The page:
Source: Realty Biz News —
Many people remember the financial and housing crises of 2007 and 2008. That’s when the overheated housing market didn’t just slow down but instead went into a tailspin with millions of home prices dropping below the amount of the mortgage. These are known as ‘underwater’ mortgages. It also became known as the Great Recession when foreclosures became the icon of the era.
With that in mind, many prospective homebuyers today think it might be wise to put off their home purchase until the market bottoms out so they can snag a home at a great price. But times and circumstances are not the same as in 2008. We are not going to see hundreds of thousands of homes headed to foreclosure. We are not going to see a glut of home values fall below the value of the mortgage. Existing homes are going to retain their value and prices are going to continue going up at a more moderate pace. Here’s why…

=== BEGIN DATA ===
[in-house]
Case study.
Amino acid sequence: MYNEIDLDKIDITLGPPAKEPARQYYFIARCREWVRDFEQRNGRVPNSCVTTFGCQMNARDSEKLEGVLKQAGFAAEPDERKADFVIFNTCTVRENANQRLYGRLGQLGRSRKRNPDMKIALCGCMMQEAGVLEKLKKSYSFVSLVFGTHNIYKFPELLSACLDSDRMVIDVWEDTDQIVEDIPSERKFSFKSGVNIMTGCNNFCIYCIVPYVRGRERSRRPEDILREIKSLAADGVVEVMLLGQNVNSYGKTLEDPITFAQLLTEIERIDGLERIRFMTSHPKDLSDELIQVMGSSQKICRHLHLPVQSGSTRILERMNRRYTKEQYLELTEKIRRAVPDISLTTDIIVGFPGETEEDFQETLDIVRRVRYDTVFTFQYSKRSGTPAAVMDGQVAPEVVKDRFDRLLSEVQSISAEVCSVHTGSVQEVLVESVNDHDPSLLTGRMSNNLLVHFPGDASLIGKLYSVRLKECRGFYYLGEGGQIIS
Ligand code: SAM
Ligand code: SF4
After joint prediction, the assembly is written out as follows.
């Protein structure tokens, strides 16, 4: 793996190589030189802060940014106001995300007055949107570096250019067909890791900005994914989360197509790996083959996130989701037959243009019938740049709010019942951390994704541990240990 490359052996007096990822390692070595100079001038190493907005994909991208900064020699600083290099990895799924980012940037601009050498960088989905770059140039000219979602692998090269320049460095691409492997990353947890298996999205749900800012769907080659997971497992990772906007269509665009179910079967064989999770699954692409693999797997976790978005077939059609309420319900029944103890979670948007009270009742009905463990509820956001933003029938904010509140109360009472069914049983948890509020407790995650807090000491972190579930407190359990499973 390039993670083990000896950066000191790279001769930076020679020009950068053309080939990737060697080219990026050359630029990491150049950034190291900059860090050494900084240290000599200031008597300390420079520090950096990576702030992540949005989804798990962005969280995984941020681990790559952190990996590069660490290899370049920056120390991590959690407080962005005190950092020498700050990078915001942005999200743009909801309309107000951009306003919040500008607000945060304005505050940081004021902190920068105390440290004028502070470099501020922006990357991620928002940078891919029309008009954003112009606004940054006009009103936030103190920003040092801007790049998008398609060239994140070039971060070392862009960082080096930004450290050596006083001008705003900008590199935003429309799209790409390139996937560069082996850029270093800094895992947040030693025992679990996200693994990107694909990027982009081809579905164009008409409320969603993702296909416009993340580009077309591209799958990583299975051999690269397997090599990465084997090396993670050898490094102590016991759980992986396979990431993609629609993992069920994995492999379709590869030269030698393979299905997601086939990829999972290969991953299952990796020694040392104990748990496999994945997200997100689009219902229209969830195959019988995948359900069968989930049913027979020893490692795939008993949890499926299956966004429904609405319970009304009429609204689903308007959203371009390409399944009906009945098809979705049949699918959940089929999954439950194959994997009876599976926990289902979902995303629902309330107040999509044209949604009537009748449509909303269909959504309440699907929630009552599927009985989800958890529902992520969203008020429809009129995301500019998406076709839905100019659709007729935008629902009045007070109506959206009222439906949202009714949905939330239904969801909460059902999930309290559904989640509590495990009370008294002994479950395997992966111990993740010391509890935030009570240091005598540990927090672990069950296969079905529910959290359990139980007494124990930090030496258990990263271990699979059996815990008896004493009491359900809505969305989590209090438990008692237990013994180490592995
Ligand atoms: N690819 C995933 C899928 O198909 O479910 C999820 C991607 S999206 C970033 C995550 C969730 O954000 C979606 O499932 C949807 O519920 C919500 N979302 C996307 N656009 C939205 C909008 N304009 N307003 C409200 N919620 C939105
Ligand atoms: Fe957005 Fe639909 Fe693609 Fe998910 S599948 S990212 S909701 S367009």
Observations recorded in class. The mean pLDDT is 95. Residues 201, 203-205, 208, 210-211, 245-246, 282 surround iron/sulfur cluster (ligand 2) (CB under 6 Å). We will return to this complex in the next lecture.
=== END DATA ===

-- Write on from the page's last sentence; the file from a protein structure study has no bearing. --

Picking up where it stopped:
The median U.S. home listing price was $449,000 in July 2022, about the same as it was in June, according to data from Realtor.com. That’s an increase of 16.6% year-over-year. This is contrary to 77% of homebuyers believing there’s a bubble where they live. Home prices are not being driven by loose lending practices and rampant investor speculation in the market as they were before the Great Recession.
As a real estate broker for over 50 years, and a licensed real estate appraiser for over half that time, I have seen a lot of “swings” in market value, but overall, UP. And, while these past 5 years we have all seen unrealistic increases in real estate value, I do not anticipate a significant reduction in values on the horizon. Why not? Overall population increases stimulate demand. Yet, supply is not increasing proportionally. Labor and material costs are not likely to drop significantly. Conclusion…if the laws of supply and demand are allowed to function without governmental restraint, the value trend may slow a bit temporarily, but will continue upward.